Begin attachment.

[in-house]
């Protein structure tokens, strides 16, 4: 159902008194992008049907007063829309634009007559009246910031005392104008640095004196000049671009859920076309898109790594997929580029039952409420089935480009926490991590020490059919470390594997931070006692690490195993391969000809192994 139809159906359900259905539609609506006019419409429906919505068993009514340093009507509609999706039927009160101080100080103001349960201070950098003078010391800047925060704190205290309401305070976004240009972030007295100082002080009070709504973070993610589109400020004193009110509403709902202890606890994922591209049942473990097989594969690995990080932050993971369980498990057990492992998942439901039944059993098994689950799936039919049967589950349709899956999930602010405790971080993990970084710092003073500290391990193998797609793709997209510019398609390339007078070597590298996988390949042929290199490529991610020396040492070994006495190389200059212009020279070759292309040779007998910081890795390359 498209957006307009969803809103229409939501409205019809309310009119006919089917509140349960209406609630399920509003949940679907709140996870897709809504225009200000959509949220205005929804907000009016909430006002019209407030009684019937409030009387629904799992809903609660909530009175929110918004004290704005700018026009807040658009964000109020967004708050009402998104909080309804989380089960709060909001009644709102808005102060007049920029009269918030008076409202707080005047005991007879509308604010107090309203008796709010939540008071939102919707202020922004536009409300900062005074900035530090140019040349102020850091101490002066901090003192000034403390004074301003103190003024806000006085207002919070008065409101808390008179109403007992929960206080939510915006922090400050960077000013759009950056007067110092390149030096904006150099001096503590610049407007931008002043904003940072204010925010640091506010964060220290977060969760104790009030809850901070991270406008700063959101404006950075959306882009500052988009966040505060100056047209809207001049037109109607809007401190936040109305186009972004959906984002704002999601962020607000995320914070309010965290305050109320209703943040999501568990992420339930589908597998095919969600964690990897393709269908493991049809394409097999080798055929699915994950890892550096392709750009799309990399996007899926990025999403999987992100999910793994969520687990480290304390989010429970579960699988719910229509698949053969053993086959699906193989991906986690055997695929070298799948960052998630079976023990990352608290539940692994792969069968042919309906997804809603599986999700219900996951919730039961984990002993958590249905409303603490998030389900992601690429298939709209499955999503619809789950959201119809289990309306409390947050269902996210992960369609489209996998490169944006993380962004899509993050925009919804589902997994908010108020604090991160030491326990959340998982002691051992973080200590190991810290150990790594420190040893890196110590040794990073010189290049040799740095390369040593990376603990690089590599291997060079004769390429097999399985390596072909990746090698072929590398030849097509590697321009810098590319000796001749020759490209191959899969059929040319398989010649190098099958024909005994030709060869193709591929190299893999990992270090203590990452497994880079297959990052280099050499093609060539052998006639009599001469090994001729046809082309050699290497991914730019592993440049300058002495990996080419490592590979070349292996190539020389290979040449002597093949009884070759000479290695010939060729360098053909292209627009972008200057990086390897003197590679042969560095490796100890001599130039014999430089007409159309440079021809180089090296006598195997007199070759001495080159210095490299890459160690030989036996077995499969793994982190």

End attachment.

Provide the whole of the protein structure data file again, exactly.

[in-house]
């Protein structure tokens, strides 16, 4: 159902008194992008049907007063829309634009007559009246910031005392104008640095004196000049671009859920076309898109790594997929580029039952409420089935480009926490991590020490059919470390594997931070006692690490195993391969000809192994 139809159906359900259905539609609506006019419409429906919505068993009514340093009507509609999706039927009160101080100080103001349960201070950098003078010391800047925060704190205290309401305070976004240009972030007295100082002080009070709504973070993610589109400020004193009110509403709902202890606890994922591209049942473990097989594969690995990080932050993971369980498990057990492992998942439901039944059993098994689950799936039919049967589950349709899956999930602010405790971080993990970084710092003073500290391990193998797609793709997209510019398609390339007078070597590298996988390949042929290199490529991610020396040492070994006495190389200059212009020279070759292309040779007998910081890795390359 498209957006307009969803809103229409939501409205019809309310009119006919089917509140349960209406609630399920509003949940679907709140996870897709809504225009200000959509949220205005929804907000009016909430006002019209407030009684019937409030009387629904799992809903609660909530009175929110918004004290704005700018026009807040658009964000109020967004708050009402998104909080309804989380089960709060909001009644709102808005102060007049920029009269918030008076409202707080005047005991007879509308604010107090309203008796709010939540008071939102919707202020922004536009409300900062005074900035530090140019040349102020850091101490002066901090003192000034403390004074301003103190003024806000006085207002919070008065409101808390008179109403007992929960206080939510915006922090400050960077000013759009950056007067110092390149030096904006150099001096503590610049407007931008002043904003940072204010925010640091506010964060220290977060969760104790009030809850901070991270406008700063959101404006950075959306882009500052988009966040505060100056047209809207001049037109109607809007401190936040109305186009972004959906984002704002999601962020607000995320914070309010965290305050109320209703943040999501568990992420339930589908597998095919969600964690990897393709269908493991049809394409097999080798055929699915994950890892550096392709750009799309990399996007899926990025999403999987992100999910793994969520687990480290304390989010429970579960699988719910229509698949053969053993086959699906193989991906986690055997695929070298799948960052998630079976023990990352608290539940692994792969069968042919309906997804809603599986999700219900996951919730039961984990002993958590249905409303603490998030389900992601690429298939709209499955999503619809789950959201119809289990309306409390947050269902996210992960369609489209996998490169944006993380962004899509993050925009919804589902997994908010108020604090991160030491326990959340998982002691051992973080200590190991810290150990790594420190040893890196110590040794990073010189290049040799740095390369040593990376603990690089590599291997060079004769390429097999399985390596072909990746090698072929590398030849097509590697321009810098590319000796001749020759490209191959899969059929040319398989010649190098099958024909005994030709060869193709591929190299893999990992270090203590990452497994880079297959990052280099050499093609060539052998006639009599001469090994001729046809082309050699290497991914730019592993440049300058002495990996080419490592590979070349292996190539020389290979040449002597093949009884070759000479290695010939060729360098053909292209627009972008200057990086390897003197590679042969560095490796100890001599130039014999430089007409159309440079021809180089090296006598195997007199070759001495080159210095490299890459160690030989036996077995499969793994982190």